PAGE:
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Crows coach Don Pyke quits: "I am part of the problem"

Football

UPDATED: A saddened Don Pyke says he quit as Adelaide coach because he’s part of the AFL club’s problems, but not the solution.

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Pyke is adamant he didn’t jump before being pushed out of the job by an external review into all operations at the Crows.

“Clearly when the side is performing as it is, I recognise that, with others, I believe I am part of the problem – quite clearly,” Pyke told a media conference today.

“The real question that I have grappled with in the last couple of weeks since the season has finished is, am I also part of the solution?

“And I guess my feeling in the conversations I have had, and in my personal self reflections, I have reached the decision that it’s best to hand over to a fresh face with a new voice to move the club forward.”

Pyke is the fifth AFL head coach to depart this season, following Brendan Bolton (Carlton), Brad Scott (North Melbourne), Alan Richardson (St Kilda) and Ross Lyon (Fremantle).

Pyke, who was contracted until the end of the 2021 season, resigned after Adelaide missed the finals in consecutive seasons following their loss in the  2017 grand final.

He said his decision to end his four-year tenure wasn’t influenced by two separate ongoing reviews – one by Crows staffers and another by an external panel headed by Hawthorn great Jason Dunstall.

Pyke first canvassed quitting with club hierarchy last week, as Dunstall and three other members arrived in Adelaide to begin their external review.

“The review has had no impact on my decision,” he said.

“I think the review will come up with some really good sign posts for the club to take forward, but the two are separate.”

Outgoing Crows coach Don Pyke (left) with chairman Rob Chapman and chief executive Andrew Fagan today. Photo: AAP/David Mariuz

Pyke also didn’t feel he had lost support of Crows players despite rumblings of player discontent.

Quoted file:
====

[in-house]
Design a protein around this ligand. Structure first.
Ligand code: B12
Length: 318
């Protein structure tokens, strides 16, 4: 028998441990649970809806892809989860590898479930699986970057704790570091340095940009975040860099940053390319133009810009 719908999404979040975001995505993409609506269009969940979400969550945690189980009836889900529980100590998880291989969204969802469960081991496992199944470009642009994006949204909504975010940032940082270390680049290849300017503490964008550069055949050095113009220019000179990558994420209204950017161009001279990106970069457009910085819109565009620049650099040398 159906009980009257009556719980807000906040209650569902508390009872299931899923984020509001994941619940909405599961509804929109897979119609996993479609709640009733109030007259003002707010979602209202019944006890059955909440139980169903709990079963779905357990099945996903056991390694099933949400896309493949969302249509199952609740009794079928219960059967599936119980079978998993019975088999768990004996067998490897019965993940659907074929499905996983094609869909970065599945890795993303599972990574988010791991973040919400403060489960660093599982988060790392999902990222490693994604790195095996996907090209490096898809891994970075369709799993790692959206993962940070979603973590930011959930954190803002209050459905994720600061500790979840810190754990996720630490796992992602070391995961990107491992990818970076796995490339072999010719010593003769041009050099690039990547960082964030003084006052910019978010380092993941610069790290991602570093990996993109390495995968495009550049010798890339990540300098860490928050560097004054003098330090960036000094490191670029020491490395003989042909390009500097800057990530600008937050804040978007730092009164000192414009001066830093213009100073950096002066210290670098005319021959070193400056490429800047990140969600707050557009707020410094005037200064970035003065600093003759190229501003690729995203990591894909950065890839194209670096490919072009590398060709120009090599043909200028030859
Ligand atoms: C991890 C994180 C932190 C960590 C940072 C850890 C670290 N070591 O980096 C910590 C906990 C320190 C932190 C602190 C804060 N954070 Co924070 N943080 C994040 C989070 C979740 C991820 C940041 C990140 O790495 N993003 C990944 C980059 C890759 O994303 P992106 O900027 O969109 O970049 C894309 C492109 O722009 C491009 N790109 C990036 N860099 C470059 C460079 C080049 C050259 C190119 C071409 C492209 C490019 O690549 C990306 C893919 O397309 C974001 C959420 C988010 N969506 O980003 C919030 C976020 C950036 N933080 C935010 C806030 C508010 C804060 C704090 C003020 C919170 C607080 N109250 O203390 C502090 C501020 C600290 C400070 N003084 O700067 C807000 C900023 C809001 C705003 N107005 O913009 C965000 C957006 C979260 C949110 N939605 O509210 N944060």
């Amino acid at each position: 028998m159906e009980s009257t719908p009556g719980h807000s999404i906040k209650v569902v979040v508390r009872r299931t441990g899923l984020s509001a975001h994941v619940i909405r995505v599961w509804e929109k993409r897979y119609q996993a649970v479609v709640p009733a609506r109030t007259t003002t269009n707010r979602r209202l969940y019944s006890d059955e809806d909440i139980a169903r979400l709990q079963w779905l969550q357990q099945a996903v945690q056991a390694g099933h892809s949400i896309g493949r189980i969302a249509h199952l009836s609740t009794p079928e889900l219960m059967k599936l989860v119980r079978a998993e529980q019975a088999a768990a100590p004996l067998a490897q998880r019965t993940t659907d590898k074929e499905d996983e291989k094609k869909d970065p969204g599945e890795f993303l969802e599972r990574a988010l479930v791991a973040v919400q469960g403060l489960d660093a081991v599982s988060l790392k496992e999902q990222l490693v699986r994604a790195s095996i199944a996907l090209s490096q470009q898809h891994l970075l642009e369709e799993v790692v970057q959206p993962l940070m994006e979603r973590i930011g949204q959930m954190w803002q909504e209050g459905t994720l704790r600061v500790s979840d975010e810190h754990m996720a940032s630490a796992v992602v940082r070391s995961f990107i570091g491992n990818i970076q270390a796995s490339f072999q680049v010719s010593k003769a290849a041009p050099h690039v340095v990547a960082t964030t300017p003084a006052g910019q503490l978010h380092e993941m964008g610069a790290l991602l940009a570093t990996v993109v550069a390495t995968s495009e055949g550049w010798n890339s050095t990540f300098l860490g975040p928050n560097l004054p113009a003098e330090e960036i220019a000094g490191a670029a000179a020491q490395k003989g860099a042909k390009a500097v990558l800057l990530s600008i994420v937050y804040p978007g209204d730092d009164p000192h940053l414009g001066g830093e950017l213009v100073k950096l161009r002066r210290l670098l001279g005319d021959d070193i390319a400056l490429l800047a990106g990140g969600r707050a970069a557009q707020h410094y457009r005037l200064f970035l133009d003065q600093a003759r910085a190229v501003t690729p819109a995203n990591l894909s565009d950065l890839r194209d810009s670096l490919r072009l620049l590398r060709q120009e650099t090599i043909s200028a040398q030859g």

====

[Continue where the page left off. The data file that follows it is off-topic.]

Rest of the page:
“It’s a complex situation but I guess I just went with my gut, which was that the group just needed a change,” he said.

Pyke cited the pressure-cooker AFL environment as a factor, particularly in Adelaide.

“The pressure on this game is significant and that is part of what you do take on … but there’s a line and we’re treading carefully to the line,” Pyke said.

“The general pressure that goes when you’re losing games of footy in this town is real.

“I don’t pretend to shy away from that. It’s different to other markets.

“And at times it does become quite draining, especially when you’re dealing with some of the things, if I say fictional is probably correct, that we were having to respond to consistently.”

Adelaide chairman Rob Chapman said a panel would be urgently formed to select a new coach.

Chapman said “a myriad of little things” added up to Pyke’s decision.

“There is really, really good people in our football club and to end up like this hurts, I can’t say it any other way,” Chapman told reporters.

“I’m not happy about it. And I’m still wrestling right up to the last minute (with) is this right – still not sure to be honest.

‘”But Don has made this decision.”

Pyke was appointed Adelaide’s coach for the 2016 season, after the death of incumbent Phil Walsh during the 2015 campaign, was in charge for 93 matches.

Owner of the Crows’ third longest coaching tenure, Pyke had a 60.75 winning percentage and despite some misgivings he wanted to remain in the AFL industry.

“I am keen to keep coaching, I think I have got something to offer in that space and we’ll see what presents,” he said.

– AAP

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